Thursday , June 8 2023

Queen woman has a new guiding dog after an old cyclist hit


For almost five months, Ashley Nemeth used sugar cane after having served a dog, being hit by a cyclist and forced to retire.

But now there is a new hand from Danson for two years – one of six recent canine graduates from the Canadian program for the National Institute for the Blind (CNIB).

"I feel I can move faster and more freely with a driving dog," said CNET Regina Friday, Nemeth, a leading CNIB program for southern Saskatchewan.

She was without a guide dog when his former service puppy, Rick, was forced to retire after his lap was led by a cyclist in July.

"He was my first guide dog and I felt like I could go anywhere and do anything," she said back in the summer.

The accident led to Rick suffering from anxiety and stress and was forced to retire early. And although the dog was sent to a new house, this left Nemeth.

"For me to travel safely, I have to get things to know where I am. So, fire hydrants, poles, cracks on the sidewalk, I have to find those things to navigate," she said.

But now, with Danson on her side, Nemeth does not have to worry about these things.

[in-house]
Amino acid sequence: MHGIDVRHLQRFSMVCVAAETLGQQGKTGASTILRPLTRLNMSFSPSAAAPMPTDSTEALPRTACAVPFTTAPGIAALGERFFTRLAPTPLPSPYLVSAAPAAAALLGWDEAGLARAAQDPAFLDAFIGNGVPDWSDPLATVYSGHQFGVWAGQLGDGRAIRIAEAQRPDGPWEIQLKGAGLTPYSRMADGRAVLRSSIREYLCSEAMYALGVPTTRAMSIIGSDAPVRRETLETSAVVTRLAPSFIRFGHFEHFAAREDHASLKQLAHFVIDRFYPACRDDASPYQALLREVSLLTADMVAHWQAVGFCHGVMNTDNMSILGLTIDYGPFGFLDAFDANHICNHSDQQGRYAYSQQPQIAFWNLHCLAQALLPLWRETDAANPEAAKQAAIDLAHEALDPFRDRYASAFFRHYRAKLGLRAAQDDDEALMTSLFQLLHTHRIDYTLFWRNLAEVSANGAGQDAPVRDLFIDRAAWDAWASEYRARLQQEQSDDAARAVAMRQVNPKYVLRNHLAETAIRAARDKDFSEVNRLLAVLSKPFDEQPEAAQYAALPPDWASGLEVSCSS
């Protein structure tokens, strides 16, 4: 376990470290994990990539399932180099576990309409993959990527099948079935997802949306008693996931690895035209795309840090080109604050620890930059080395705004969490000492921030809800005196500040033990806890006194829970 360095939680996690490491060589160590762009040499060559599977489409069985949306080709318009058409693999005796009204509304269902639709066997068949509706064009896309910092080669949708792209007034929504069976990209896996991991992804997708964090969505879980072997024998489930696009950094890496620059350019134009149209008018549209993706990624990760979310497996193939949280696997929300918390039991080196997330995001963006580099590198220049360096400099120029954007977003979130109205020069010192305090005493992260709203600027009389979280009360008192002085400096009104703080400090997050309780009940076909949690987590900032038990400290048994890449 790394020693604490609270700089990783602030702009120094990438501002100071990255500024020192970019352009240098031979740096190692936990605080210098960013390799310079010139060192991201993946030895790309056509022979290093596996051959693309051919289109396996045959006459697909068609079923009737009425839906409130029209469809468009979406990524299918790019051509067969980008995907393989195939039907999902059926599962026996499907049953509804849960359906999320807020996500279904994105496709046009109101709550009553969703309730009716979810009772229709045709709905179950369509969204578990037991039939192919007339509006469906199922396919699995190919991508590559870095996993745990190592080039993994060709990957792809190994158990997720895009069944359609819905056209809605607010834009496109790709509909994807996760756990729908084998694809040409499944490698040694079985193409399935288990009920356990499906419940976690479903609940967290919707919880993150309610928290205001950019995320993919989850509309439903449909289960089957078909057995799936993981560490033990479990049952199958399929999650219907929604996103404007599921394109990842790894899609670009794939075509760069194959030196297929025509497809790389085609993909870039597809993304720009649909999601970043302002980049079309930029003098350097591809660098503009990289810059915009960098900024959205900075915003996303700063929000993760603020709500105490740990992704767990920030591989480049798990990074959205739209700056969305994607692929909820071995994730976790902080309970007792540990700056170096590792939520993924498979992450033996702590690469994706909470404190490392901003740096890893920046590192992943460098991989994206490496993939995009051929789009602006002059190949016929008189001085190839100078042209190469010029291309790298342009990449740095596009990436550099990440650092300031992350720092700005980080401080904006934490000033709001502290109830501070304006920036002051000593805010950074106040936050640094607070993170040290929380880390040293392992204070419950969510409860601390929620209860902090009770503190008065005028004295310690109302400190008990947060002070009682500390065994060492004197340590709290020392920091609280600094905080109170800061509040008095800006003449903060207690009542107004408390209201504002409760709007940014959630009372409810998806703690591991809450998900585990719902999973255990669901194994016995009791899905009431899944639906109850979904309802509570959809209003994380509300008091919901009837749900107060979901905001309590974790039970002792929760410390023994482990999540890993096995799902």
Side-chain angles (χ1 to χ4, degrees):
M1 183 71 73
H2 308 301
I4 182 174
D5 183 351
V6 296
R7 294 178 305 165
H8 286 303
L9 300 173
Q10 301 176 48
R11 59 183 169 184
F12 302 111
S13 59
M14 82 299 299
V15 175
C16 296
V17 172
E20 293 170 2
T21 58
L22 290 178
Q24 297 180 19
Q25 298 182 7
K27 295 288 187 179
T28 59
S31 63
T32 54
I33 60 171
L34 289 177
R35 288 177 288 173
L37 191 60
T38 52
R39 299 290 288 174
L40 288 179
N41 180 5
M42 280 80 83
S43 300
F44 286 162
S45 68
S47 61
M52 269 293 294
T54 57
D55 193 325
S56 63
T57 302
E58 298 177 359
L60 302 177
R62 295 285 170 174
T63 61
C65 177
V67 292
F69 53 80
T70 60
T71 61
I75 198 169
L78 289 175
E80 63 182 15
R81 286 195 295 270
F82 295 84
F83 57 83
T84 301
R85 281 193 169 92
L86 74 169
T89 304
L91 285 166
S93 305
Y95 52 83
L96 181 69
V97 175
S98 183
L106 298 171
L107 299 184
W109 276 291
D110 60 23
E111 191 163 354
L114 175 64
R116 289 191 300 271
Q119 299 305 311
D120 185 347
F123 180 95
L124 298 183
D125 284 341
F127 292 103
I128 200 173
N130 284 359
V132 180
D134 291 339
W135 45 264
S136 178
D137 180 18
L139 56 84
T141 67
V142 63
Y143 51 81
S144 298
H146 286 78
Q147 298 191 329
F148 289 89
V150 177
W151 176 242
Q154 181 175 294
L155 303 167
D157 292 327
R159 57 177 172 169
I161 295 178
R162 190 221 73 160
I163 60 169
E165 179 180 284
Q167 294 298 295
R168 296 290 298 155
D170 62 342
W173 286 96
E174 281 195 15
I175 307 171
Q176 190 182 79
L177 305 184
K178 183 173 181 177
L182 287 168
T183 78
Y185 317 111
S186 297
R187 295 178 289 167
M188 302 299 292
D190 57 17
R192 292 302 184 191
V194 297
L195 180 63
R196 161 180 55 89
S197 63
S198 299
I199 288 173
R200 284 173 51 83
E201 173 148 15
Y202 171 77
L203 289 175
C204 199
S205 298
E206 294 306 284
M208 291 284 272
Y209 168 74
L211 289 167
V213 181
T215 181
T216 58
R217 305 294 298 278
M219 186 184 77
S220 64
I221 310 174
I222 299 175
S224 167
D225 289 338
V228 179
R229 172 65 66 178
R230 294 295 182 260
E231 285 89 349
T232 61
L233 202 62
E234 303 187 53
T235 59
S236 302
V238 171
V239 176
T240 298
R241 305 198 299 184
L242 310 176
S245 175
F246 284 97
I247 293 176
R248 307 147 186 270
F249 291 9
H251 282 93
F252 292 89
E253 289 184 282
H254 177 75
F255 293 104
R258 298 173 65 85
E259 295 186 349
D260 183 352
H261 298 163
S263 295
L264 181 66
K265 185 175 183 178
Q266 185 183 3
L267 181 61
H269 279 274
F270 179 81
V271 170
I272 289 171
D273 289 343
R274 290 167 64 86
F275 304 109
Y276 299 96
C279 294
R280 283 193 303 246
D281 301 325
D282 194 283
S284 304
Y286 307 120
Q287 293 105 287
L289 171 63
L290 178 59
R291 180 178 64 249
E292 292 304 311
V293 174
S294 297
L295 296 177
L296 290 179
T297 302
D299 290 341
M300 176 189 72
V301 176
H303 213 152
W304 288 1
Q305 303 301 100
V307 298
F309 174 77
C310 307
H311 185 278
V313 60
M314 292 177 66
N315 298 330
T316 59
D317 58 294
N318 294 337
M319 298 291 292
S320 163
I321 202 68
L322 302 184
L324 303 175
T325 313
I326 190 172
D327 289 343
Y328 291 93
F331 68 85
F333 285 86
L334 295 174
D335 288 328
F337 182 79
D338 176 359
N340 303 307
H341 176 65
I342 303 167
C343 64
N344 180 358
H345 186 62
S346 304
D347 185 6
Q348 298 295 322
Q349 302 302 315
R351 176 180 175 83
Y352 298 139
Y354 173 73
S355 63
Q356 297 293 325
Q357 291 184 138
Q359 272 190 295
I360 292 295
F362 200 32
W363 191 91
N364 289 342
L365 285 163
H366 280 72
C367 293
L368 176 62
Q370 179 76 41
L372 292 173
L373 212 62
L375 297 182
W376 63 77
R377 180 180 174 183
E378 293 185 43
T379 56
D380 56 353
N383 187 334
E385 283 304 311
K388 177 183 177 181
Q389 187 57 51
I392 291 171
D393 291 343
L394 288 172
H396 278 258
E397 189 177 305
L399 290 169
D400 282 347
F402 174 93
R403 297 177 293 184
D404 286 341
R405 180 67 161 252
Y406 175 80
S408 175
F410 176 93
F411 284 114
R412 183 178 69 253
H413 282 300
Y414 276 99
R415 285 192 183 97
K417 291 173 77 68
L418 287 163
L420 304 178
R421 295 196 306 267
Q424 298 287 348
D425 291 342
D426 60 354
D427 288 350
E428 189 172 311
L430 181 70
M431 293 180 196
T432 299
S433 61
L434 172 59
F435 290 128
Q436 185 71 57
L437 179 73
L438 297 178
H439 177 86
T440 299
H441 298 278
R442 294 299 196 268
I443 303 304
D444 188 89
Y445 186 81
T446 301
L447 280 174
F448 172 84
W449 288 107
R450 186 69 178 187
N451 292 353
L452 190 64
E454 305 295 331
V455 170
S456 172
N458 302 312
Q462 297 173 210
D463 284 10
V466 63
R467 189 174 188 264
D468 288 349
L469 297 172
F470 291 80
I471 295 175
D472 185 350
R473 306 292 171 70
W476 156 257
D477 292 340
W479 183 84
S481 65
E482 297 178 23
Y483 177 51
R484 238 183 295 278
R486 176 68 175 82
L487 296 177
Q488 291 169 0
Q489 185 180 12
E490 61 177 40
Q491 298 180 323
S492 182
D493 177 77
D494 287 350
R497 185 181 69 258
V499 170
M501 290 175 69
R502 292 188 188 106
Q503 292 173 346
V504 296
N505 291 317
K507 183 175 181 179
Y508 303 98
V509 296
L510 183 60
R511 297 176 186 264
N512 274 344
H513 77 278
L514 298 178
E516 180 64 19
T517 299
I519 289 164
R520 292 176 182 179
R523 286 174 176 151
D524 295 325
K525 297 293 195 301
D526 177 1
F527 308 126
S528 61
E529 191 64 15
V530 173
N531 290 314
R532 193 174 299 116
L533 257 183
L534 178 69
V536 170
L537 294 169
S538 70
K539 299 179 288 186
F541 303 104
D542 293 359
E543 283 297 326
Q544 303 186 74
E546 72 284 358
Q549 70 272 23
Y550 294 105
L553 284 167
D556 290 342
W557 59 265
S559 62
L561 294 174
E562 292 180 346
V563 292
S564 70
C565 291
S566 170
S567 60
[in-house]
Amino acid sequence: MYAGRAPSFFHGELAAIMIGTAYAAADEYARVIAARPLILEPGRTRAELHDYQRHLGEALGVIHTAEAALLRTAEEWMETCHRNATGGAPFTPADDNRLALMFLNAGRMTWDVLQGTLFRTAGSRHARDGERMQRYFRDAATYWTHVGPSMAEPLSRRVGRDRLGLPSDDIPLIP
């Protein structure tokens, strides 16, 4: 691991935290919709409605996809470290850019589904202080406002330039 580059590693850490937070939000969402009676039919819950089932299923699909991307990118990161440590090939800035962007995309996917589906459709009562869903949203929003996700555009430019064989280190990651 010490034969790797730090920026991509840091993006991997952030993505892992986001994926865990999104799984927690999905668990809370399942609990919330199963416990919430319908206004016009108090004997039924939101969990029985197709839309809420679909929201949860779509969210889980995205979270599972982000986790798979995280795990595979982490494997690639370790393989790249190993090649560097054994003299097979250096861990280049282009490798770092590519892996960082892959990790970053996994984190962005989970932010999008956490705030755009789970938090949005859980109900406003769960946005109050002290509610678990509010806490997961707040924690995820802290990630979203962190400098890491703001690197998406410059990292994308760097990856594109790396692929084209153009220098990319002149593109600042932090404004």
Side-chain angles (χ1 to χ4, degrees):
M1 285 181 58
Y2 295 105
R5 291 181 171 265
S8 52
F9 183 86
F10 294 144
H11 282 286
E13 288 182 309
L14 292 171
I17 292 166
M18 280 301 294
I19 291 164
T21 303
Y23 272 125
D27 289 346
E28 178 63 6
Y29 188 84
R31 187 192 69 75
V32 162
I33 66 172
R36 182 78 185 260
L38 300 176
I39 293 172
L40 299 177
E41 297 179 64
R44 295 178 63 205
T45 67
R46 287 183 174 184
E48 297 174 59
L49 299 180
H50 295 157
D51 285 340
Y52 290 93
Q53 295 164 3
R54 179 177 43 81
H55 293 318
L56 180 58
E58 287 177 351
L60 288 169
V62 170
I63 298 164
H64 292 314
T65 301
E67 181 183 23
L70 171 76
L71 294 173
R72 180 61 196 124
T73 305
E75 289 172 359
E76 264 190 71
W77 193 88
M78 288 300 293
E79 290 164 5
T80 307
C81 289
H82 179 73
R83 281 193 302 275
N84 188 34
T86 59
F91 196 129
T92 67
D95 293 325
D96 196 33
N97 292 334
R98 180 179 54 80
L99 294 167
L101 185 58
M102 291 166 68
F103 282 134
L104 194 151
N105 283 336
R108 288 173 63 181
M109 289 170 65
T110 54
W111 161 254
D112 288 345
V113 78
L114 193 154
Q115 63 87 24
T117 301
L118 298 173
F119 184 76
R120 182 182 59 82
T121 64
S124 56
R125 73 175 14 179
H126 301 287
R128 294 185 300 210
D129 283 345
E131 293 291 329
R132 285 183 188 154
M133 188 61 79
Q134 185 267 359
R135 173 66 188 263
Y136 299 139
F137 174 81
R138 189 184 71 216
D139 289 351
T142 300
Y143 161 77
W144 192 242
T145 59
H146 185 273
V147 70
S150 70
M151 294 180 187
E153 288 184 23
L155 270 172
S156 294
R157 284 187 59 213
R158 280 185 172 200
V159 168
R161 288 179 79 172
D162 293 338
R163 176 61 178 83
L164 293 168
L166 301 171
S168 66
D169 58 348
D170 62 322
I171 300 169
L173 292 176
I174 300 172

Danson is instructed to avoid obstacles and drive it. He also helps with everyday tasks such as working and taking their children to school.

"The dash signs are back on the sidewalks, people do not clutter their sidewalks. All these things that are constantly in your way are major dangers with a white reed," Nemeth said. "While with a guiding dog sometimes you do not even know they are there because he just avoids them."

Despite all the help given by Danson, once I'm home and no longer has a clock, and Nemeth says she "plays with the kids and she's just a dog."

But at work, Nemeth warns people that although Danson and other trained hunting dogs may seem tempting for the pet: "ignore the dog completely".

"This includes caring, barking, attention in any way. If the dog looks at you, it does not focus on what they have," explains Nemeth. "You would never have fished my white stick. So please do not spend my dog.

Although the CNIB has been in operation for over a hundred years, it has only implemented a new dog guide school program 18 months ago. CNIB told CTV Queen that it wants to offer more options in Canada, especially for targeted and blind customers.

The common choice for help dogs for people with disabilities is Labrador and Golden Retrievers, as trainers say they are easily adaptable, acceptable and have a strong working ethic.

But public perception plays a part.

"People will probably be more willing to help someone who can have a golden lab or retriever than a race that they do not know or feel comfortable with," CNA Regina instructed CNIB dog instructor Shona Kemp .

CNIB says it intends to continue the new program next year.

With a report from Colton Wiens from CTV Regina

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